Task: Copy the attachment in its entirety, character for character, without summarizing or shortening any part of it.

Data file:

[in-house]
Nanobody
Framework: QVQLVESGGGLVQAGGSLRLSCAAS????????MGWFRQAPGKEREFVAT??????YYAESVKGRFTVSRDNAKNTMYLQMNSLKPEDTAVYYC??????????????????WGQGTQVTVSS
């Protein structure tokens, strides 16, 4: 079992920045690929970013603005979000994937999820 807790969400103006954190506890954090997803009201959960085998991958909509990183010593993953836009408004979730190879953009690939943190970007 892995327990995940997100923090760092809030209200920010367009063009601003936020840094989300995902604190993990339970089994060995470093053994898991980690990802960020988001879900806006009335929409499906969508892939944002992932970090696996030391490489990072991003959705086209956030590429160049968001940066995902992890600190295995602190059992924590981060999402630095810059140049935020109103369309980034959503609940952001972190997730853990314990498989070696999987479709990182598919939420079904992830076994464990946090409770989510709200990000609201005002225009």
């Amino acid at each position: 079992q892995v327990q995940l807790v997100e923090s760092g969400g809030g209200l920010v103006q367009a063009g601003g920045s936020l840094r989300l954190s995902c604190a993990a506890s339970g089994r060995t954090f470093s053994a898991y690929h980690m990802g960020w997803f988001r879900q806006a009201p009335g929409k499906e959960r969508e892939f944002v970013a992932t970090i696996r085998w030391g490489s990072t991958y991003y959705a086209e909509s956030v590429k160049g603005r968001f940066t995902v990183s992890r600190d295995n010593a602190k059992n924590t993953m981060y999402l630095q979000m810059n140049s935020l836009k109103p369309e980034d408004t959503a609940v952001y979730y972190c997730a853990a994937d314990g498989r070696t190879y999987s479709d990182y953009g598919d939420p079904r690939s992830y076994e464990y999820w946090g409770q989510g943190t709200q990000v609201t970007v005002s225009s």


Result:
[in-house]
Nanobody
Framework: QVQLVESGGGLVQAGGSLRLSCAAS????????MGWFRQAPGKEREFVAT??????YYAESVKGRFTVSRDNAKNTMYLQMNSLKPEDTAVYYC??????????????????WGQGTQVTVSS
């Protein structure tokens, strides 16, 4: 079992920045690929970013603005979000994937999820 807790969400103006954190506890954090997803009201959960085998991958909509990183010593993953836009408004979730190879953009690939943190970007 892995327990995940997100923090760092809030209200920010367009063009601003936020840094989300995902604190993990339970089994060995470093053994898991980690990802960020988001879900806006009335929409499906969508892939944002992932970090696996030391490489990072991003959705086209956030590429160049968001940066995902992890600190295995602190059992924590981060999402630095810059140049935020109103369309980034959503609940952001972190997730853990314990498989070696999987479709990182598919939420079904992830076994464990946090409770989510709200990000609201005002225009």
């Amino acid at each position: 079992q892995v327990q995940l807790v997100e923090s760092g969400g809030g209200l920010v103006q367009a063009g601003g920045s936020l840094r989300l954190s995902c604190a993990a506890s339970g089994r060995t954090f470093s053994a898991y690929h980690m990802g960020w997803f988001r879900q806006a009201p009335g929409k499906e959960r969508e892939f944002v970013a992932t970090i696996r085998w030391g490489s990072t991958y991003y959705a086209e909509s956030v590429k160049g603005r968001f940066t995902v990183s992890r600190d295995n010593a602190k059992n924590t993953m981060y999402l630095q979000m810059n140049s935020l836009k109103p369309e980034d408004t959503a609940v952001y979730y972190c997730a853990a994937d314990g498989r070696t190879y999987s479709d990182y953009g598919d939420p079904r690939s992830y076994e464990y999820w946090g409770q989510g943190t709200q990000v609201t970007v005002s225009s």